Mogees project delivers haptic symphony (w/ video)

Jan 05, 2012 by Nancy Owano weblog

(PhysOrg.com) -- Creative sound-making is as fluid and changing as it implies, incorporating everything from troupes that bang on every hard surface imaginable to creators of electronic music, to musicians who craft their notes to reflect real conversation, to the new phenomenon, the Mogees.

The Mogees is a project that stems from the department of computing at Goldsmiths, University of London, where researcher Bruno Zamborlin collaborates with a team at IRCAM in Paris to experiment with new methods for “gestural interaction” in coming up with novel ways of making sounds. The project has released a video that, besides delighting every four year old on the planet, opens the minds of researchers. The video shows the use of a contact microphone and audio processing software to construct a gesture-recognizing touch interface from assorted surfaces—a tree trunk, a balloon, a glass panel at a bus stage, and an inflated balloon. Also, different gestures control different sounds.

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Wooden panels sound like a bicycle bell; playing on a balloon makes sounds like a crystal hanging ornament in the wind. Other surfaces reveal sounds, by slapping or brushing, hitting, or finger tapping, that include tribal string pianos in the heat of a musical narrative.

The Mogees project turns any surface into a gestural musical interface, using the button-like silver microphone and audio processing software. But just how does it work? ExtremeTech carries the more lucid of attempted explanations: The contact microphone has multiple microphones, creating a stereo image of a sound that’s made. A PC cable connection picks up the finger vibrations for analysis and converts them into gestures. A visual programming language (MaxMSP) turns the gestures into sounds.

“Mogees is an interactive gestural-based surface for realtime audio mosaicing,” is the somewhat intimidating definition appearing on the Department of Computing site at Goldsmiths. A helpful explanation, however, also contributes toward understanding what is going on.

“When the performer touches the surface, Mogees analyses the incoming audio signal and continuously looks for its closest segment within the sound database. These segments are played one after the other over time: this technique is called concatenative synthesis.”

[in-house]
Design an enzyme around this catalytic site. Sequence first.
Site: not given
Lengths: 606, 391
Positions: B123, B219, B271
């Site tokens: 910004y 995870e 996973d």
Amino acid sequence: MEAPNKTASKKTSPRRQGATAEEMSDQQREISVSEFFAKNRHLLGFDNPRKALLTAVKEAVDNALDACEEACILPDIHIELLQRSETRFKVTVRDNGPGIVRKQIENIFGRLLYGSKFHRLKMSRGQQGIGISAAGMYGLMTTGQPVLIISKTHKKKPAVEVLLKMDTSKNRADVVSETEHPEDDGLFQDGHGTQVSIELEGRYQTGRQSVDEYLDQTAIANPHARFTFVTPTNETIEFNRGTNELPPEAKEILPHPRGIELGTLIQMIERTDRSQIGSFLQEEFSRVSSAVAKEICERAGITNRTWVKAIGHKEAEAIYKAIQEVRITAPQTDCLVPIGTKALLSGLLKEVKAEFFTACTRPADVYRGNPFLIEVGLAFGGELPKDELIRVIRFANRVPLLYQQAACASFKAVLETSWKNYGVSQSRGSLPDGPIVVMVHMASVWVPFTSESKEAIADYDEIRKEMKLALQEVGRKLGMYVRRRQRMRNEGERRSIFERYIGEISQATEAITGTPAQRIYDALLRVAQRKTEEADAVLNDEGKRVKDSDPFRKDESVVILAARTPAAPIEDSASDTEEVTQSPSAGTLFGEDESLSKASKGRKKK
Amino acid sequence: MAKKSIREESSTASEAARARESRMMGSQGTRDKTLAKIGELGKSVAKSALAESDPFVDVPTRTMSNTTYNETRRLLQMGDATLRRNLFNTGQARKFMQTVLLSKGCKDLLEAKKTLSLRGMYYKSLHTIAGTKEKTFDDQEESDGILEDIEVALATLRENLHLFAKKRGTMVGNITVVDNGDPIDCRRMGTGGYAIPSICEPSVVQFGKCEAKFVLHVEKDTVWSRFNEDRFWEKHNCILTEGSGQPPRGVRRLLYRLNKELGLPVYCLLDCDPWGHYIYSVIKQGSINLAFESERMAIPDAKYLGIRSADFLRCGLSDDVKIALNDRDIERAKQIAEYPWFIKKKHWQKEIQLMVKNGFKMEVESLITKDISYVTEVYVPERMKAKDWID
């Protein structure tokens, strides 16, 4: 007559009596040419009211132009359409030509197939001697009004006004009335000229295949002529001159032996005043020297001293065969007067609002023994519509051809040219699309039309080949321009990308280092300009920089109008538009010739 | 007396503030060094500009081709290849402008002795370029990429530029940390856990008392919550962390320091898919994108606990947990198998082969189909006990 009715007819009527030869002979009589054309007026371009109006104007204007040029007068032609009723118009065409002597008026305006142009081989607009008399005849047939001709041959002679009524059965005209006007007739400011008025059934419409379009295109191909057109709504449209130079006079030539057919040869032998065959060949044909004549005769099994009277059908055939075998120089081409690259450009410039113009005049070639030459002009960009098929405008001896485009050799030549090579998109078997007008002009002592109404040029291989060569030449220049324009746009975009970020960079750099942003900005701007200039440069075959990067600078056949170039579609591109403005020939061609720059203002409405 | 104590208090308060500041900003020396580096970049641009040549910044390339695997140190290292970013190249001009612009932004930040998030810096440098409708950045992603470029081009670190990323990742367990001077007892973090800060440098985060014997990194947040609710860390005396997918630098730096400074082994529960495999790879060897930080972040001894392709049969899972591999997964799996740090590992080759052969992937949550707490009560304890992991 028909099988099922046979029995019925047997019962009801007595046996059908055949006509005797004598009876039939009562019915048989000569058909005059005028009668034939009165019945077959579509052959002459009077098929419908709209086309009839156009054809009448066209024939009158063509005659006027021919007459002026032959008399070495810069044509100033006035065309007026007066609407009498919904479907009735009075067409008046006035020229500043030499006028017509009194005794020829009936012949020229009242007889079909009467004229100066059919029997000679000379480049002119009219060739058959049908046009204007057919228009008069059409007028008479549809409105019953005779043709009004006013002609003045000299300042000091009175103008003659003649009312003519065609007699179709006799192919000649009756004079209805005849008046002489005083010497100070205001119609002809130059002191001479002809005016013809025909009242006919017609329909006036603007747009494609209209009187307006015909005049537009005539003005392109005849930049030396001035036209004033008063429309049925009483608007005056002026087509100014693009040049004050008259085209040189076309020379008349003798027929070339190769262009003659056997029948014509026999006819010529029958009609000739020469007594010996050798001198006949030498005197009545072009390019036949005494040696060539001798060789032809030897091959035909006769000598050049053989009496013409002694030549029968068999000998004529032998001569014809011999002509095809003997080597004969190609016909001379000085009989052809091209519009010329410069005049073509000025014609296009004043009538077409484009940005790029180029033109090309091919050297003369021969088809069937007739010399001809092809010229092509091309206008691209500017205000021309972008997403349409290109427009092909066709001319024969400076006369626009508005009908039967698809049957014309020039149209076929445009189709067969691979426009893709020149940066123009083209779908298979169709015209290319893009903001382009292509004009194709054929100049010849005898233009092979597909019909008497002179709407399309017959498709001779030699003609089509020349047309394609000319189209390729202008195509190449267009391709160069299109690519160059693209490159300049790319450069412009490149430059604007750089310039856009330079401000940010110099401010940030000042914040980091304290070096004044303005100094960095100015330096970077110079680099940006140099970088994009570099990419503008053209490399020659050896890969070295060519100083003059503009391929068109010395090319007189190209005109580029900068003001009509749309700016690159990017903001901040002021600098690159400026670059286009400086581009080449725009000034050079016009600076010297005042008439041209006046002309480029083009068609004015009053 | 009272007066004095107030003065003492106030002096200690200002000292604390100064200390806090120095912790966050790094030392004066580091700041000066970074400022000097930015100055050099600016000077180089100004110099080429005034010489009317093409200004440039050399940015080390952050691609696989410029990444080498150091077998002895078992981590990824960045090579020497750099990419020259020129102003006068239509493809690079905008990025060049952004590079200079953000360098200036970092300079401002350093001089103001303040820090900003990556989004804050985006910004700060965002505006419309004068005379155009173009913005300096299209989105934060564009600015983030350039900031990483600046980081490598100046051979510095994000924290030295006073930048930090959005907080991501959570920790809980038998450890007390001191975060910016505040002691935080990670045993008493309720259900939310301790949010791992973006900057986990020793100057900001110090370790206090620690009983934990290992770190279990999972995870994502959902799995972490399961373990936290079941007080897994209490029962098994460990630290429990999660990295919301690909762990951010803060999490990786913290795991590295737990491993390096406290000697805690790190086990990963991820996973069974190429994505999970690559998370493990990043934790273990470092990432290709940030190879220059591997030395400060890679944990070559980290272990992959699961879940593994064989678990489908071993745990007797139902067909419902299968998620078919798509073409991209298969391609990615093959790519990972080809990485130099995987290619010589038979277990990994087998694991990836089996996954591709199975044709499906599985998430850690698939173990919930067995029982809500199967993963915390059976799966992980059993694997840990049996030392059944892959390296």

A surface, for example, can be played with any tool such as hands and Mogees will always try to find a correspondent sound to it. It can also be applied to other sound sources such as voice or acoustic/electric instruments.

Zamborlin began the project because he liked the idea of being able to touch a real surface when creating electronic music. “Touching real surfaces allows users to experience haptic feedback on what they do and enhancing their relationship with the device."

Researcher and developer Norbert Schnell is named as part of the Mogees effort, and the project also makes reference to its use of the “MuBu environment for MaxMSP.”

Max is a visual programming language for music and multimedia; electronic use it for unique sound-making tools. The program is highly modular with most routines in the form of shared libraries. MuBu is a sound description buffer for real-time interactive audio processing.

Explore further: California quake points to research advancements in retrofitting older buildings

More information: www.brunozamborlin.com/mogees/

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Isaacsname
5 / 5 (1) Jan 05, 2012
Woah.....I have to have this.......I was one of those kids that was constantly drumming on everything, I drove people crazy. That things looks like it could lead to poly-rhythmic orgasms :P

" STOP.. FIDGETING.. " Rofl

Just as a kid's toy this would be insanely fun to have, but there's other applications ...I'd love to hear spider mating rhythms through this, for ex..

.....they should get in touch with the Moog foundation here in Asheville NC, if they aren't already.

http://www.moogfoundation.org/
Isaacsname
not rated yet Jan 05, 2012
I wonder if it is sensitive enough to pick up light bouncing off a mirror ?
Xbw
1.7 / 5 (6) Jan 05, 2012
I wonder if it is sensitive enough to pick up light bouncing off a mirror ?


I doubt it.

I agree though on the applications. I wouldn't mind hooking this thing up to a tree in the park and making sweet sweet music.
Isaacsname
5 / 5 (1) Jan 05, 2012
I wonder if it is sensitive enough to pick up light bouncing off a mirror ?


I doubt it.

I agree though on the applications. I wouldn't mind hooking this thing up to a tree in the park and making sweet sweet music.

No kidding, me too. Even just hearing the rain on the tree would be great... I'm just really blown away with this...